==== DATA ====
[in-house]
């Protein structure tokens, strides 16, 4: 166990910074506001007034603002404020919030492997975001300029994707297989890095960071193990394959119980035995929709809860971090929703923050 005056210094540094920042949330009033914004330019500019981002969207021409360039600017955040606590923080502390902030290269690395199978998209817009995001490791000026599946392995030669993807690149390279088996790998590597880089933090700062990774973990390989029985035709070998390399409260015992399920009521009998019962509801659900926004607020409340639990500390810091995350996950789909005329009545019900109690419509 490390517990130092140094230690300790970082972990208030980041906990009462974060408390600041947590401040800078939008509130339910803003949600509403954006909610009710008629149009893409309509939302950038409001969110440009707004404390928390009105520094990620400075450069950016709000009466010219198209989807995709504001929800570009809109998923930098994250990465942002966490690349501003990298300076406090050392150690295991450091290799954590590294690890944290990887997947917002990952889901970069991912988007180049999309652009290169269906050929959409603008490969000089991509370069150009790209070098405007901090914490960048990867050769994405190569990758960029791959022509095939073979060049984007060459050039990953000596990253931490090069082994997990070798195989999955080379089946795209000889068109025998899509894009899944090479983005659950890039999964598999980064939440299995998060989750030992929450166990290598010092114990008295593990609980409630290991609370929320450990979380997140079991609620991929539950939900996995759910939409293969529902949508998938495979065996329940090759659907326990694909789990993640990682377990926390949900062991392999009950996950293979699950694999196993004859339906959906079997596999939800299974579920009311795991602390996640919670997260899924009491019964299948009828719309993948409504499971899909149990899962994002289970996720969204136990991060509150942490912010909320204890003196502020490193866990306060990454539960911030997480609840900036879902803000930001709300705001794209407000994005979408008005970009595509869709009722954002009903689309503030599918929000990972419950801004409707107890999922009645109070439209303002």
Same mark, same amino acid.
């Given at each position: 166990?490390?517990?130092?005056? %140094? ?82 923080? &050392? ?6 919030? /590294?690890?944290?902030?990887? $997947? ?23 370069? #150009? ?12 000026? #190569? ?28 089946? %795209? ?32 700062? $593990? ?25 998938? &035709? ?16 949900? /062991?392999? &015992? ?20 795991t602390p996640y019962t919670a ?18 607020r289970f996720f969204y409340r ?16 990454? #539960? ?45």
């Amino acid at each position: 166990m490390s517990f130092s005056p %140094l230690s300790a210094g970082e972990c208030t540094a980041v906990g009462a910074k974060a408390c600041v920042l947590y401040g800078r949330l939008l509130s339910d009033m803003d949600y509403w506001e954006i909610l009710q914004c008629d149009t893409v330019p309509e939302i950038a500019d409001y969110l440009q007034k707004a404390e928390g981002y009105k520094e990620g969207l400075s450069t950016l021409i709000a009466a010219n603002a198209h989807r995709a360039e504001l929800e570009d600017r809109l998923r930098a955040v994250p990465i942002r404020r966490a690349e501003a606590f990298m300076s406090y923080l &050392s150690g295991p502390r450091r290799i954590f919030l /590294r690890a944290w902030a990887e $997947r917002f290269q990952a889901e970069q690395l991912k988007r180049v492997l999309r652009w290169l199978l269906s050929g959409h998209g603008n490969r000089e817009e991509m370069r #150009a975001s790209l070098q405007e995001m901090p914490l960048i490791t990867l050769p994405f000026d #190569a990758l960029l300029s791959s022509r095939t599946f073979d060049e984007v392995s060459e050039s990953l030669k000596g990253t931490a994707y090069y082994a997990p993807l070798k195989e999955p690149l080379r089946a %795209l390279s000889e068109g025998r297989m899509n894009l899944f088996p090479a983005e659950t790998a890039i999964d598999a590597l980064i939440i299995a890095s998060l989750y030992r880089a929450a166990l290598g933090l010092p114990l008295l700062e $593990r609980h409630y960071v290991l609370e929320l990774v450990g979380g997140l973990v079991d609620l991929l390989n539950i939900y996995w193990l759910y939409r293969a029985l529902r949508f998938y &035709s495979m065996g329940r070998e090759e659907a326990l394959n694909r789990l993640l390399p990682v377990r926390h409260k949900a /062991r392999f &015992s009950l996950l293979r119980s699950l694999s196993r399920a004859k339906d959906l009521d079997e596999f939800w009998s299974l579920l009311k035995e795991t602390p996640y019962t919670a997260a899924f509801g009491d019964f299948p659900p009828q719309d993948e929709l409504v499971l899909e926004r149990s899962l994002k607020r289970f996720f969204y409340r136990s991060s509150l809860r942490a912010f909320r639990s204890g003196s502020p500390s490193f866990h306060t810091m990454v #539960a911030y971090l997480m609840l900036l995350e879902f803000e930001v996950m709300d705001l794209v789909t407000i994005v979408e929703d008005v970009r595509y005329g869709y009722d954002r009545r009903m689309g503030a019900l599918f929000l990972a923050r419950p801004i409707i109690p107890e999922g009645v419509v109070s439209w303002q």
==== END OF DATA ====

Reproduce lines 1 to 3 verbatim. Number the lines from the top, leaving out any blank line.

[in-house]
């Protein structure tokens, strides 16, 4: 166990910074506001007034603002404020919030492997975001300029994707297989890095960071193990394959119980035995929709809860971090929703923050 005056210094540094920042949330009033914004330019500019981002969207021409360039600017955040606590923080502390902030290269690395199978998209817009995001490791000026599946392995030669993807690149390279088996790998590597880089933090700062990774973990390989029985035709070998390399409260015992399920009521009998019962509801659900926004607020409340639990500390810091995350996950789909005329009545019900109690419509 490390517990130092140094230690300790970082972990208030980041906990009462974060408390600041947590401040800078939008509130339910803003949600509403954006909610009710008629149009893409309509939302950038409001969110440009707004404390928390009105520094990620400075450069950016709000009466010219198209989807995709504001929800570009809109998923930098994250990465942002966490690349501003990298300076406090050392150690295991450091290799954590590294690890944290990887997947917002990952889901970069991912988007180049999309652009290169269906050929959409603008490969000089991509370069150009790209070098405007901090914490960048990867050769994405190569990758960029791959022509095939073979060049984007060459050039990953000596990253931490090069082994997990070798195989999955080379089946795209000889068109025998899509894009899944090479983005659950890039999964598999980064939440299995998060989750030992929450166990290598010092114990008295593990609980409630290991609370929320450990979380997140079991609620991929539950939900996995759910939409293969529902949508998938495979065996329940090759659907326990694909789990993640990682377990926390949900062991392999009950996950293979699950694999196993004859339906959906079997596999939800299974579920009311795991602390996640919670997260899924009491019964299948009828719309993948409504499971899909149990899962994002289970996720969204136990991060509150942490912010909320204890003196502020490193866990306060990454539960911030997480609840900036879902803000930001709300705001794209407000994005979408008005970009595509869709009722954002009903689309503030599918929000990972419950801004409707107890999922009645109070439209303002």
Same mark, same amino acid.